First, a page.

I also think it’s odd to say God is evil because He doesn’t always intervene with cancer. If that God isn’t worth believing in, well what is Macmillan’s god doing about cancer? It’s still going on. People are still dying. Macmillan says that it doesn’t fit with progressive Christianity to do petitionary prayer or intercessory prayer, even if those are natural.

If the Christian God is evil, what excuse does Macmillan’s god have? Could we apply the standard questions to him to ask if he is omnipotent, omniscient, and omnibenevolent? Does this god really care? Why is Macmillan worshipping him? What is this god worth?

He also talks about Paul in Acts 17 as moving away from supernatural theism by saying God doesn’t dwell in temples made by human hands and such. It’s interesting he says this while having Paul say that God is unknowable. To an extent, He is as we cannot know everything about Him, but we can know some things about Him. If He was unknowable entirely, Paul could not even say this about Him.

As for saying in Him we live and move and have our being throws supernatural theism right out the window (And keep in mind I don’t use the term supernatural but Macmilland does so I use it for that reason here), how exactly? He gives no explanation. This is really part of classical theism and has been for a long time.

Macmillan says to ask any fundamentalist and he will tell you that the Bible contains the literal truths of Acts of God. This includes a six-day creation and a worldwide flood. He also adds in the virgin birth (Which I do affirm) and the deliverance of Israel. While I do not agree with young-Earth creationism or the flood being worldwide in reach, I do support the other two. Macmillan shows no interaction with the scholarship on these issues unfortunately.

In talking about Jesus, Macmillan says that the creeds of Christianity, and he has in mind the Nicene Creed, are dangerous since they turn Jesus into a being to be worshipped rather than someone whose life is to be emulated. Macmillan says that is a long road from rabble rouser to true God from true God. Indeed, it would be, but how was this point even reached?

I honestly don’t even know how Macmillan’s Jesus got crucified and for sedition as even Macmillan says. Jesus is apparently going around Israel teaching to give to the poor and have compassion on your fellow man. This Jesus would not be noticeable. He would not be crucified anymore than a Mr. Rogers would be crucified.

Macmillan also says that the message of the Kingdom of God has been lost. This is interesting since evangelical scholars have no problem with the message. Namely among them is N.T. Wright. Perhaps we can forgive Macmillan since it looks like he limit his reading to people like Borg, Ehrman, and Spong. I’m not saying to not read them, but read both sides!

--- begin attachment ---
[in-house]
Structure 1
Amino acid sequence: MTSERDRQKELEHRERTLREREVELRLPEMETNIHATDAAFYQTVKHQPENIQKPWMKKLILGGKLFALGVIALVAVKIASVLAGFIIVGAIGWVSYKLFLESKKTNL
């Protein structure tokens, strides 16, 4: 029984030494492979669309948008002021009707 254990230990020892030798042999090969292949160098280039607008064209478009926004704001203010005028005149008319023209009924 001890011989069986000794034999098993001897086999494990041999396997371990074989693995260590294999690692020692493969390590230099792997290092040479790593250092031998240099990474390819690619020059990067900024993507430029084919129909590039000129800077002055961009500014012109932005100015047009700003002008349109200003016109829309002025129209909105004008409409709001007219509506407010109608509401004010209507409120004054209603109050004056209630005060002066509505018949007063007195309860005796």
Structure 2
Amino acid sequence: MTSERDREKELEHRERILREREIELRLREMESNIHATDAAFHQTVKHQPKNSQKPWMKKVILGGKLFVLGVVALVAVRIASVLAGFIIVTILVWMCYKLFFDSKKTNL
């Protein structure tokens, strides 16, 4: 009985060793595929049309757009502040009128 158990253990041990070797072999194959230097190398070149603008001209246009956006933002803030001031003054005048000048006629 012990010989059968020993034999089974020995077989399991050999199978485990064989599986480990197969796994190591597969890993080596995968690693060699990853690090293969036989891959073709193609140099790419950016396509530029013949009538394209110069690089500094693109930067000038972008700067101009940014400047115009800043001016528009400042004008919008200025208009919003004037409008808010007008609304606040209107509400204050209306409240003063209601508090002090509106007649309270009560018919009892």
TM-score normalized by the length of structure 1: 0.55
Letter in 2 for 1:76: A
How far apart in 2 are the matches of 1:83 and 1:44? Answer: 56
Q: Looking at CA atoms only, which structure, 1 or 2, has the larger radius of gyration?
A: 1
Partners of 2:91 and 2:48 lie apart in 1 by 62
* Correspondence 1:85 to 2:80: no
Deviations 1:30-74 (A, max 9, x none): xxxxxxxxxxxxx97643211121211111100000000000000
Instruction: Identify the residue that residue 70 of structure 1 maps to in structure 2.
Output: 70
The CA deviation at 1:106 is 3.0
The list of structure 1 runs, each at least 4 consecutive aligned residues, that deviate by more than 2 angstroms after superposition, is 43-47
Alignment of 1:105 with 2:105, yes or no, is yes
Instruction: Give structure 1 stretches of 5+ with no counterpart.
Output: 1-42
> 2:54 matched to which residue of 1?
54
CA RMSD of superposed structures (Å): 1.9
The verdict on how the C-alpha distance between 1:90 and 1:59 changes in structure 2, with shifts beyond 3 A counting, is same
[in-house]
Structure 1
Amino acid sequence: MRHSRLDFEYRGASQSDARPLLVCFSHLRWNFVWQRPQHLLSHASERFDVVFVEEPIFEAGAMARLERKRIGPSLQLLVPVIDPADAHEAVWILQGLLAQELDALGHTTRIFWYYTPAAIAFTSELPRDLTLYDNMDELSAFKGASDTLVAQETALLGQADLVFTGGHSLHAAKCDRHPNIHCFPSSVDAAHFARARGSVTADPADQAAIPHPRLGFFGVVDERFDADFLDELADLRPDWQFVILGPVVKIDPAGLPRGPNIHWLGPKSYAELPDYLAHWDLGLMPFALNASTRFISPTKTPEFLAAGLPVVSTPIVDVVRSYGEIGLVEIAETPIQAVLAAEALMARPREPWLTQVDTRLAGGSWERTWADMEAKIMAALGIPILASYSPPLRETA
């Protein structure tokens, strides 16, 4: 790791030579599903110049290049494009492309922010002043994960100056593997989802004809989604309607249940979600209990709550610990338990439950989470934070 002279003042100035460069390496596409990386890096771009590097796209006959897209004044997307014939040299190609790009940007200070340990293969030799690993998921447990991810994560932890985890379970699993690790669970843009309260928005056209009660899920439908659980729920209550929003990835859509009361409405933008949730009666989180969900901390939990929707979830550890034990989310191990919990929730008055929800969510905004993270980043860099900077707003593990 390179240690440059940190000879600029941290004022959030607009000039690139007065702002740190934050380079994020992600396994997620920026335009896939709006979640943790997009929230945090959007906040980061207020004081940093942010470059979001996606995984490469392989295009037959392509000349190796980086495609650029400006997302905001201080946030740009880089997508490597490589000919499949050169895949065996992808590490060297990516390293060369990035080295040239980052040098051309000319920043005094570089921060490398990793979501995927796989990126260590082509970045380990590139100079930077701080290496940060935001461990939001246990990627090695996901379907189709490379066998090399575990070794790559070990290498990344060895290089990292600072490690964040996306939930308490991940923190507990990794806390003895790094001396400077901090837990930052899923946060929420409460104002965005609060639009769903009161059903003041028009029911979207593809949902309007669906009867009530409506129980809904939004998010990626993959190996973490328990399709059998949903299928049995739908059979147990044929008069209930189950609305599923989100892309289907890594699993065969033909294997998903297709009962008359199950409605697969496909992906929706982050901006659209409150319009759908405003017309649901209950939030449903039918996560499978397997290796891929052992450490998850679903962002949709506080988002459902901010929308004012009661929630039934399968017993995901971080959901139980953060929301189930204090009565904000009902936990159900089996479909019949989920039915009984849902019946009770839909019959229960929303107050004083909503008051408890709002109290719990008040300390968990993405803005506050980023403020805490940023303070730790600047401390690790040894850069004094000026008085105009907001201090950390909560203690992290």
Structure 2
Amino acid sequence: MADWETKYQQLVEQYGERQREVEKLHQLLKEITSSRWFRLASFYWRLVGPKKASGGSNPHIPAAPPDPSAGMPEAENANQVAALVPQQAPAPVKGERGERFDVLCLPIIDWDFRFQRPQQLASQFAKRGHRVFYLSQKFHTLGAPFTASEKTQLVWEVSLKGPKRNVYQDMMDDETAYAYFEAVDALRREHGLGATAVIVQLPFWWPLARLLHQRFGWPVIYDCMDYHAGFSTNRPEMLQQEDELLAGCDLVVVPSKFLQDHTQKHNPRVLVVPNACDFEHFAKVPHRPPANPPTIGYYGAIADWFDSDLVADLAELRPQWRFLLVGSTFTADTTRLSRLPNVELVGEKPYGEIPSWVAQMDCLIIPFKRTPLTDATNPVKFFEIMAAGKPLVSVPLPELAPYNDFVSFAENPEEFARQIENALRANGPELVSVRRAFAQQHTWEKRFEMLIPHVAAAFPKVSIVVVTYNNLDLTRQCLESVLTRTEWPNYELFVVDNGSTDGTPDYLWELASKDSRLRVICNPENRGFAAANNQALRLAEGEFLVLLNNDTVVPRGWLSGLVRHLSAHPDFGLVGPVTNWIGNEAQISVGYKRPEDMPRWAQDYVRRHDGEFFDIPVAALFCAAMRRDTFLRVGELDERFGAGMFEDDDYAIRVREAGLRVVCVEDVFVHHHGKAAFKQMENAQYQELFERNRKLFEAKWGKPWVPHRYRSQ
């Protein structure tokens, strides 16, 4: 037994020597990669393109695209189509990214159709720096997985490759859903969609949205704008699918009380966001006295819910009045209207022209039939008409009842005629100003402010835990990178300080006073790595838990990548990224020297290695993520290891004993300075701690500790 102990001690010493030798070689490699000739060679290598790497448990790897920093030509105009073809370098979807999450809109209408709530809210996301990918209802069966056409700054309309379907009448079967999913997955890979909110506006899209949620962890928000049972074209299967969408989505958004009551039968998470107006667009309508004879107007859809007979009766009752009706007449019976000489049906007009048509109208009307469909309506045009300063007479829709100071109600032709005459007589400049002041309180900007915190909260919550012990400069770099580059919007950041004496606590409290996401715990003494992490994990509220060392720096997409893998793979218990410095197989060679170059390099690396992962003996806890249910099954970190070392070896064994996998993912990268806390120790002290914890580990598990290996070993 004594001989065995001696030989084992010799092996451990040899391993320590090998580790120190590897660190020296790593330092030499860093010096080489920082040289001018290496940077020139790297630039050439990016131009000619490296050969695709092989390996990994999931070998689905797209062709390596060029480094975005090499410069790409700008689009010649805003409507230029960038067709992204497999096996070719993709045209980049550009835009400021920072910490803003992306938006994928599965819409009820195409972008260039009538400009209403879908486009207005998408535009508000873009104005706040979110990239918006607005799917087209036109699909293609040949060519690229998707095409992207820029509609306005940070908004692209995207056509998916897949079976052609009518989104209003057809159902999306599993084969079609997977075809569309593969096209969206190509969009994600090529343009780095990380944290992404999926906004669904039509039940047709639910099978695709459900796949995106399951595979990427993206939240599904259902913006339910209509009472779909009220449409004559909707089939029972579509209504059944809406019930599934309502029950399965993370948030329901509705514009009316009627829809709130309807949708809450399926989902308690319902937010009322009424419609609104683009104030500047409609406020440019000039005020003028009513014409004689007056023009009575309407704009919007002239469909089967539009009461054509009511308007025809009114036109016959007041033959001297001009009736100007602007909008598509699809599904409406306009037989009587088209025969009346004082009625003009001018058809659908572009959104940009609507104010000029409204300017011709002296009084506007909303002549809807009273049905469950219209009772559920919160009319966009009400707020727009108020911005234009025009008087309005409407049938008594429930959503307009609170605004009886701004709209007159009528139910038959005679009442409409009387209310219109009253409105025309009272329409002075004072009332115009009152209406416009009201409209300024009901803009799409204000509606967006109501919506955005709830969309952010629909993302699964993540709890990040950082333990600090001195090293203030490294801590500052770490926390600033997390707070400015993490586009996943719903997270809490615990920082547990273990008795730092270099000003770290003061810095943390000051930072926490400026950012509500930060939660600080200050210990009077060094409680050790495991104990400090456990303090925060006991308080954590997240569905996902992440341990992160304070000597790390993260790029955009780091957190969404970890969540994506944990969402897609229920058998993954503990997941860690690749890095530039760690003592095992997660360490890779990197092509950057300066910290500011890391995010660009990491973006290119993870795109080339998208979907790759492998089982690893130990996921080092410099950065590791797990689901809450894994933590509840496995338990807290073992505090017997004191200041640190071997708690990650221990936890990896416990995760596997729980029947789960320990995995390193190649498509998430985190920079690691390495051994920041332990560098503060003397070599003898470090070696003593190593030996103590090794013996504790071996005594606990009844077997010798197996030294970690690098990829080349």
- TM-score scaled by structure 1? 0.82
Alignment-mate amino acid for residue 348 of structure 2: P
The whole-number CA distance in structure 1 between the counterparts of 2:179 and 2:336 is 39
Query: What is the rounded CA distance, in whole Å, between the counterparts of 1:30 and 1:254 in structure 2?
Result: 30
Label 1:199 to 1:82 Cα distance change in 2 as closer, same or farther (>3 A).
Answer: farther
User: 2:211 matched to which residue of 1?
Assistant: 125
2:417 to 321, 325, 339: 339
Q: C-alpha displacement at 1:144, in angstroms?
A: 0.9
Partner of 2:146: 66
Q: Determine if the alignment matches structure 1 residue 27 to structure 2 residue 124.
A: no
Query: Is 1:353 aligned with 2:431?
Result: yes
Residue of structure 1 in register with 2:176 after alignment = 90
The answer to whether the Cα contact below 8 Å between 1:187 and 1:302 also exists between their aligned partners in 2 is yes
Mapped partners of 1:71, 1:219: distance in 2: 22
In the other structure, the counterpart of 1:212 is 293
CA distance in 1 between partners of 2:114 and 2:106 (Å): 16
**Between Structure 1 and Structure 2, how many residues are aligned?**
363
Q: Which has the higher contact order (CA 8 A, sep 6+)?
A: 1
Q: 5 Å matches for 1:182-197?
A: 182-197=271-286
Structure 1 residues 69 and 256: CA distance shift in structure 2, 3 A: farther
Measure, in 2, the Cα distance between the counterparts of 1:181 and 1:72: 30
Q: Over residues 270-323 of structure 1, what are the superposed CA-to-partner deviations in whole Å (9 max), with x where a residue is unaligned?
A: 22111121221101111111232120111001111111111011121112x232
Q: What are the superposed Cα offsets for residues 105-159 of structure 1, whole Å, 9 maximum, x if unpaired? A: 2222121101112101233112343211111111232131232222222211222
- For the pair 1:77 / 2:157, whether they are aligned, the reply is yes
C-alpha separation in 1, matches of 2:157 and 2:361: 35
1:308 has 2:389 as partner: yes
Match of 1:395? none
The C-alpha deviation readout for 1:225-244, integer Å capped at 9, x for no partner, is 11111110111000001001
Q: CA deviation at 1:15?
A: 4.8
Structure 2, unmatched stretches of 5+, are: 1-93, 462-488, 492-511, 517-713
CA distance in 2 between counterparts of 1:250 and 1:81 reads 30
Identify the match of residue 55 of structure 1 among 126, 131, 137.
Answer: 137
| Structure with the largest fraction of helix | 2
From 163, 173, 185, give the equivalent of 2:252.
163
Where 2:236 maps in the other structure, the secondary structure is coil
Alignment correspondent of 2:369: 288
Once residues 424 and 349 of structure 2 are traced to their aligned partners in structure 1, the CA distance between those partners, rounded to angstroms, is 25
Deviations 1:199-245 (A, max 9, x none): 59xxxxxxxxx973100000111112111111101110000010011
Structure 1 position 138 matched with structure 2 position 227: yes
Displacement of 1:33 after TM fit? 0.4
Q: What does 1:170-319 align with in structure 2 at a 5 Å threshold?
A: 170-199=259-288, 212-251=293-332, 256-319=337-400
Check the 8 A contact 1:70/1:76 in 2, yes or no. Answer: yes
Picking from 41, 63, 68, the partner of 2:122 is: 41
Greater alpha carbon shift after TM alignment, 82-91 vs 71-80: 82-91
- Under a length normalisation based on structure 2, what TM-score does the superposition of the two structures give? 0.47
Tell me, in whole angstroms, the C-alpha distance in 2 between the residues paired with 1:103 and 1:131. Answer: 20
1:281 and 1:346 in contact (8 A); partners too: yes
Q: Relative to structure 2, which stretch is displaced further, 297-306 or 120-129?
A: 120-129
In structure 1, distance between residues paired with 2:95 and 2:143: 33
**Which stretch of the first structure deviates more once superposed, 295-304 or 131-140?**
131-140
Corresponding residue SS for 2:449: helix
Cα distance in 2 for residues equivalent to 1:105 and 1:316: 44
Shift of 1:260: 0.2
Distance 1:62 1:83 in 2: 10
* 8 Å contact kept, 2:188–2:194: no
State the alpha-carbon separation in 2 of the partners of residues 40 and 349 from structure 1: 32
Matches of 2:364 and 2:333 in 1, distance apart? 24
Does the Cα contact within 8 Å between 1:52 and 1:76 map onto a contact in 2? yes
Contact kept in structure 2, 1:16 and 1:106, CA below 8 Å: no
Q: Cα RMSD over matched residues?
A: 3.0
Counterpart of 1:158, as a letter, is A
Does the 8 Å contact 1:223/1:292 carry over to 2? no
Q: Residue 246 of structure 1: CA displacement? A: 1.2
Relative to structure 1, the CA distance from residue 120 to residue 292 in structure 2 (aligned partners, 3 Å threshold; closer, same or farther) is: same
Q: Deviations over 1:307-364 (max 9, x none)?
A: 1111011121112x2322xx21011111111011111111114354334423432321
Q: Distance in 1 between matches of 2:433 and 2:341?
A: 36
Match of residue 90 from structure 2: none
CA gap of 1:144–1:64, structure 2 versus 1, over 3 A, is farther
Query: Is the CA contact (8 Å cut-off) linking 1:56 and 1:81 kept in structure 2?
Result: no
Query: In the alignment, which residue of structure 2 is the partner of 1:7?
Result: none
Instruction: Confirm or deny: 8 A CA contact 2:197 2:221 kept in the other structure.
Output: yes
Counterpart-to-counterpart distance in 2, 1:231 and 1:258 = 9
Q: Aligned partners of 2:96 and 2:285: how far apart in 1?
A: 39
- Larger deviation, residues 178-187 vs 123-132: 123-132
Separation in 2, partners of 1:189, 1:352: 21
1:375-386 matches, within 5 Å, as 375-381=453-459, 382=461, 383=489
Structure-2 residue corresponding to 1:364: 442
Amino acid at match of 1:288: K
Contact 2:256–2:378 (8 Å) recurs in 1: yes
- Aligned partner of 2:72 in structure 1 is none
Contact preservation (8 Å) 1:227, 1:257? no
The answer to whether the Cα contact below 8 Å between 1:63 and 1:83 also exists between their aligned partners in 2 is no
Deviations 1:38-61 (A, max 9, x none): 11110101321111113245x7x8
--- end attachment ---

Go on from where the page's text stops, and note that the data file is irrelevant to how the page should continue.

Many of us won’t be surprised when he says how the journey ends. He tells his audience, as these are all sermons given, to point to themselves and say “I am the Christ!” and to point to their neighbor and say “You are the Christ!” and then to say “We are the Christ together!” At this point, it is clear that the deity Macmillan believes in is ultimately himself.

Macmillan’s Jesus will present no challenge to him. He will not call him to die to himself. He will not call him to take up a cross. He will not call him to repent of sins. He will instead build him up so much that he thinks that he is the Christ.

Macmillan further says that through the experiences he describes, we will meet and experience Jesus like never before. Of course, if Jesus is yourself this would follow. Macmillan and his audience will not get a deeper understanding of Jesus, but of themselves. Now we should understand ourselves, but worship is not about realizing who we are but realizing who God is.

Why also should we trust this experience is reliable? What about my fellow evangelicals who experience Jesus as described in orthodox Christianity? Do our experiences not count? How will we determine whose experiences count? What if two people in progressive Christianity disagree?

He also says that one of the greatest crimes and sins is the message of salvation. It is a horrible idea to say we need salvation and has robbed death of its meaning. No idea how this is possible, but it’s amazing that Macmillan will freely list out the sins of God, but when it comes to his own he has no need to be made righteous.